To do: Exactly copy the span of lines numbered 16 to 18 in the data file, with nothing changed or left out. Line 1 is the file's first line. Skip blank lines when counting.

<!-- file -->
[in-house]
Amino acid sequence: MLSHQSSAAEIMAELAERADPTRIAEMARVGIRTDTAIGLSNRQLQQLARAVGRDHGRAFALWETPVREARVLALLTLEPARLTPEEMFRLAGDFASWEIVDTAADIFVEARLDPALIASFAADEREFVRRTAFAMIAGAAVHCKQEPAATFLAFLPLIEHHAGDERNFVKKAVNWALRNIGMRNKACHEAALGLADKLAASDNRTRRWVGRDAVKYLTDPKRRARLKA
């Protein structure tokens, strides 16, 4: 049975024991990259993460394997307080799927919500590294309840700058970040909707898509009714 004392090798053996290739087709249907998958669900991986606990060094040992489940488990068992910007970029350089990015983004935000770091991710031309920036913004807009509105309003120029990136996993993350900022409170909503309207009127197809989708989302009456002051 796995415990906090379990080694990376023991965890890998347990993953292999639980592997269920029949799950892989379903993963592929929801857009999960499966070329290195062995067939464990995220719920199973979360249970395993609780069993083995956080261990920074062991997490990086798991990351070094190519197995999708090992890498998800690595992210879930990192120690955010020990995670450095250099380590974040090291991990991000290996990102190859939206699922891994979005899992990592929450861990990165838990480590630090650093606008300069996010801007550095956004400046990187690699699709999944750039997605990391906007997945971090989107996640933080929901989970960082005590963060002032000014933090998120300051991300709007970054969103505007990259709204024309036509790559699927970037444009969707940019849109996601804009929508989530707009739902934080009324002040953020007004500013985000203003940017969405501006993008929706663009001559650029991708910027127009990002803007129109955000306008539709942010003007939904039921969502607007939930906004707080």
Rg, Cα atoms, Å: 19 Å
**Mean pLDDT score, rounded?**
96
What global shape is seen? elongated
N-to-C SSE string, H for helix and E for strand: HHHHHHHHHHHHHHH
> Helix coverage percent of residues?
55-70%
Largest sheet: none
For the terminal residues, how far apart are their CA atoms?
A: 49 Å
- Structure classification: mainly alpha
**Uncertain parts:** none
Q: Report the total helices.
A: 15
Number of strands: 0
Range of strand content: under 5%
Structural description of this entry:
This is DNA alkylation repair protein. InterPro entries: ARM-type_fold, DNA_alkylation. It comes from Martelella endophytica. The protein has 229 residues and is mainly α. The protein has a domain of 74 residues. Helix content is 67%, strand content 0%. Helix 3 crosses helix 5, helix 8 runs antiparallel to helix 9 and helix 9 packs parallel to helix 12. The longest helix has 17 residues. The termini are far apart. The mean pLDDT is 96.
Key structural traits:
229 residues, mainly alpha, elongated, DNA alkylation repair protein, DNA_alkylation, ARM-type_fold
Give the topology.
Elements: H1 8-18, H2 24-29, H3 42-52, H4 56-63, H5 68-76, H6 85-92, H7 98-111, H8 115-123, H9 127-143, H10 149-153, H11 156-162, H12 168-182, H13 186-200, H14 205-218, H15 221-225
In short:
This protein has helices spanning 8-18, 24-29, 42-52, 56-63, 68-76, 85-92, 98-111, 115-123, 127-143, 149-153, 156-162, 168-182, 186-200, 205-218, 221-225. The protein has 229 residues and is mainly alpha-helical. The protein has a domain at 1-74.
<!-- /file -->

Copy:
Q: Report the total helices.
A: 15
Number of strands: 0